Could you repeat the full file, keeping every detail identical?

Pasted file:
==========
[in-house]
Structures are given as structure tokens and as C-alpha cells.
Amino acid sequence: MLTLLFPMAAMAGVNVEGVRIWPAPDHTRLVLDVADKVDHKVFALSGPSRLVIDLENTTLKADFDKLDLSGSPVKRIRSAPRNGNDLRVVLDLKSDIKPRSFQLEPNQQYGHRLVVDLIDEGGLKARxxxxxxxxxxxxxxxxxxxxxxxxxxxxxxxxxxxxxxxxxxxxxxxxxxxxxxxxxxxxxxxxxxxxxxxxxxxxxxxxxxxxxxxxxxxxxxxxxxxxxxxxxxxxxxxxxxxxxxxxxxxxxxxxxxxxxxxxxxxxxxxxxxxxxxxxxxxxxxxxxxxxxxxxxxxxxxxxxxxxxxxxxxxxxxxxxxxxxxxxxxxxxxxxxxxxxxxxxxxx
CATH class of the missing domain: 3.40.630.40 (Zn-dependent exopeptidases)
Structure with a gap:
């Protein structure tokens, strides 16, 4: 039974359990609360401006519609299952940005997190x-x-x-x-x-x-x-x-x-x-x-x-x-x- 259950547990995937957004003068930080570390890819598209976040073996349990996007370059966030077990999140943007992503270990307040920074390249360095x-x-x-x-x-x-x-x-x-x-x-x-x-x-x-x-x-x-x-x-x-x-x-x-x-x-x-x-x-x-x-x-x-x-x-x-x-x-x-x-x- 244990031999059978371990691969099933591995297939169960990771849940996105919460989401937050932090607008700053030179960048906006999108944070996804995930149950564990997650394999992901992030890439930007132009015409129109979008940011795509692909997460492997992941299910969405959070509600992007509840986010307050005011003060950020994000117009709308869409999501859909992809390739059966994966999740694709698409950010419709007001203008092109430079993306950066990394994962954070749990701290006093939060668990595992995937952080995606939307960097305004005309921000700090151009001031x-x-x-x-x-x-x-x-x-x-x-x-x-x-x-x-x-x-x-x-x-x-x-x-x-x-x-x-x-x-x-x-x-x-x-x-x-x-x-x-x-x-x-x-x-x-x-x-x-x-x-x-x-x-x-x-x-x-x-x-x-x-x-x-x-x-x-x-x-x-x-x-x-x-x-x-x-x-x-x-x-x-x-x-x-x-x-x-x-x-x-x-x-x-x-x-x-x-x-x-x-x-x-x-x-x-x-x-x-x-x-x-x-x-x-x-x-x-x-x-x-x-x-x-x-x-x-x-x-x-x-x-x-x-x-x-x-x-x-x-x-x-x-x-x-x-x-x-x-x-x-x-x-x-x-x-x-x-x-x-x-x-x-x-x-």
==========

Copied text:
[in-house]
Structures are given as structure tokens and as C-alpha cells.
Amino acid sequence: MLTLLFPMAAMAGVNVEGVRIWPAPDHTRLVLDVADKVDHKVFALSGPSRLVIDLENTTLKADFDKLDLSGSPVKRIRSAPRNGNDLRVVLDLKSDIKPRSFQLEPNQQYGHRLVVDLIDEGGLKARxxxxxxxxxxxxxxxxxxxxxxxxxxxxxxxxxxxxxxxxxxxxxxxxxxxxxxxxxxxxxxxxxxxxxxxxxxxxxxxxxxxxxxxxxxxxxxxxxxxxxxxxxxxxxxxxxxxxxxxxxxxxxxxxxxxxxxxxxxxxxxxxxxxxxxxxxxxxxxxxxxxxxxxxxxxxxxxxxxxxxxxxxxxxxxxxxxxxxxxxxxxxxxxxxxxxxxxxxxxx
CATH class of the missing domain: 3.40.630.40 (Zn-dependent exopeptidases)
Structure with a gap:
């Protein structure tokens, strides 16, 4: 039974359990609360401006519609299952940005997190x-x-x-x-x-x-x-x-x-x-x-x-x-x- 259950547990995937957004003068930080570390890819598209976040073996349990996007370059966030077990999140943007992503270990307040920074390249360095x-x-x-x-x-x-x-x-x-x-x-x-x-x-x-x-x-x-x-x-x-x-x-x-x-x-x-x-x-x-x-x-x-x-x-x-x-x-x-x-x- 244990031999059978371990691969099933591995297939169960990771849940996105919460989401937050932090607008700053030179960048906006999108944070996804995930149950564990997650394999992901992030890439930007132009015409129109979008940011795509692909997460492997992941299910969405959070509600992007509840986010307050005011003060950020994000117009709308869409999501859909992809390739059966994966999740694709698409950010419709007001203008092109430079993306950066990394994962954070749990701290006093939060668990595992995937952080995606939307960097305004005309921000700090151009001031x-x-x-x-x-x-x-x-x-x-x-x-x-x-x-x-x-x-x-x-x-x-x-x-x-x-x-x-x-x-x-x-x-x-x-x-x-x-x-x-x-x-x-x-x-x-x-x-x-x-x-x-x-x-x-x-x-x-x-x-x-x-x-x-x-x-x-x-x-x-x-x-x-x-x-x-x-x-x-x-x-x-x-x-x-x-x-x-x-x-x-x-x-x-x-x-x-x-x-x-x-x-x-x-x-x-x-x-x-x-x-x-x-x-x-x-x-x-x-x-x-x-x-x-x-x-x-x-x-x-x-x-x-x-x-x-x-x-x-x-x-x-x-x-x-x-x-x-x-x-x-x-x-x-x-x-x-x-x-x-x-x-x-x-x-």